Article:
This afternoon the President held a town hall with 115 young leaders from more than 40 countries across Africa -- it was the kind of White House event under this President that surprises you, catching you off guard with its honesty.
For those interested in Africa and its development, or for that matter this President's engagement with not just heads of state, but with people all over the world, the video is well worth watching (for info on America's diplomatic progress see our fact sheet as well). Here's the transcript of the final Q&A:
Q Good afternoon, Mr. President, your excellencies. I am from Somalia. I came all the way here with one question, and that is, living in conflict in a country that has confused the whole world, and being part of the diaspora that went back to risk our lives in order to make Somalia a better place, especially with what we’re going through right now -- how much support do we expect from the U.S.? And not support just in terms of financially or aid, but support as an ear, as a friend, as somebody who hears and listens to those of us who are putting our lives and our families at risk to defend humanity.
THE PRESIDENT: Well, I think you will have enormous support from the people of the United States when it comes to trying to create a structure and framework in Somalia that works for the Somali people.
Now, the history of Somalia over the last 20 years has been equally heartbreaking, if not more so. You have not had a effective, functioning government that can provide basic services. It’s been rife with conflict. And now the entire region is threatened because of radical extremists who have taken root in Somalia, taking advantage of what they perceive to be a failing state, to use that as a base to launch attacks, most recently in Uganda.
And obviously the United States expresses its deepest condolences to the lives that were lost in Kampala -- at the very moment of the World Cup. And it offered two contrasting visions. You have this wonderful, joyous celebration in South Africa at the same time as you have a terrorist explosion in Kampala.
So we desperately want Somalia to succeed. And this is another example of where our interests intersect. If you have extremist organizations taking root in Somalia, ultimately that can threaten the United States as well as Uganda, as well as Kenya, as well as the entire region.
So right now you’ve got a transitional government that is making some efforts. I don’t think anybody expects Somalia anytime in the next few years to suddenly be transformed into a model democracy. Whatever governance structures take place in Somalia have to be aware of the tribal and traditional structures and clan structures that exist within Somalia. But certainly what we can do is create a situation where people -- young people are not carrying around rifles, shooting each other on the streets. And we want to be a partner with Somalia in that effort, and we will continue to do so.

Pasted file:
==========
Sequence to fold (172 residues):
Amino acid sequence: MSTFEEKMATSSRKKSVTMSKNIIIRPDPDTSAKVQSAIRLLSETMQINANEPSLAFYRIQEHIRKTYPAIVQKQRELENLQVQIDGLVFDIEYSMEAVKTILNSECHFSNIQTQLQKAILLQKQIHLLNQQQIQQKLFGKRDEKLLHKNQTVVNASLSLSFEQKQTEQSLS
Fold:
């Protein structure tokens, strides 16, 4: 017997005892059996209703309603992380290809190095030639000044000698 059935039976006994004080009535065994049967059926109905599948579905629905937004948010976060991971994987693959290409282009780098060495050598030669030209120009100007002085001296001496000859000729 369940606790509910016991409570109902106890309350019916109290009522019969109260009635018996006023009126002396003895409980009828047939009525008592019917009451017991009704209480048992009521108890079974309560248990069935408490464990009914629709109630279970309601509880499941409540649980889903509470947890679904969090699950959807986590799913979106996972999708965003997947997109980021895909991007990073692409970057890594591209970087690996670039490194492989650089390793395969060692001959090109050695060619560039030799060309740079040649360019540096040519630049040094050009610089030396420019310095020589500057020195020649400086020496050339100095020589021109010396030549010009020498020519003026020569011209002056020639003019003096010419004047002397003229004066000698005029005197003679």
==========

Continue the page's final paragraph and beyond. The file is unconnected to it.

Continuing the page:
And some of it is financial, some of it is developmental, some of it is being able to help basic infrastructure. In some cases, we may try to find a portion of the country that is relatively stable and start work there to create a model that the rest of the country can then look at and say, this is a different path than the one that we’re taking right now.
But in the end, I think that this metaphor of the success of the World Cup and the bombing shows that each of you are going to be confronted with two paths. There’s going to be a path that takes us into a direction of more conflict, more bloodshed, less economic development, continued poverty even as the rest of the world races ahead -- or there’s a vision in which people come together for the betterment and development of their own country.
And for all the great promise that’s been fulfilled over the last 50 years, I want you to understand -- because I think it’s important for us to be honest with ourselves -- Africa has also missed huge opportunities for too long. And I’ll just give you one example.
When my father traveled to the United States and got his degree in the early ’60s, the GDP of Kenya was actually on partner, maybe actually higher than the GDP of South Korea. Think about that. All right? So when I was born, Kenya per capita might have been wealthier than South Korea. Now it’s not even close. Well, that’s 50 years that was lost in terms of opportunities. When it comes to natural resources, when it comes to the talent and potential of the people, there’s no reason why Kenya shouldn’t have been on that same trajectory.
And so 50 years from now, when you look back you want to make sure that the continent hasn’t missed those opportunities as well. We want to make sure of that as well. And the United States wants to listen to you and work with you. And so when you go back and you talk to your friends and you say, what was the main message the President had -- we are rooting for your success, and we want to work with you to achieve that success, but ultimately success is going to be in your hands. And being a partner means that we can be there by your side, but we can’t do it for you.
Okay, thank you very much, everybody. Thank you. (Applause.)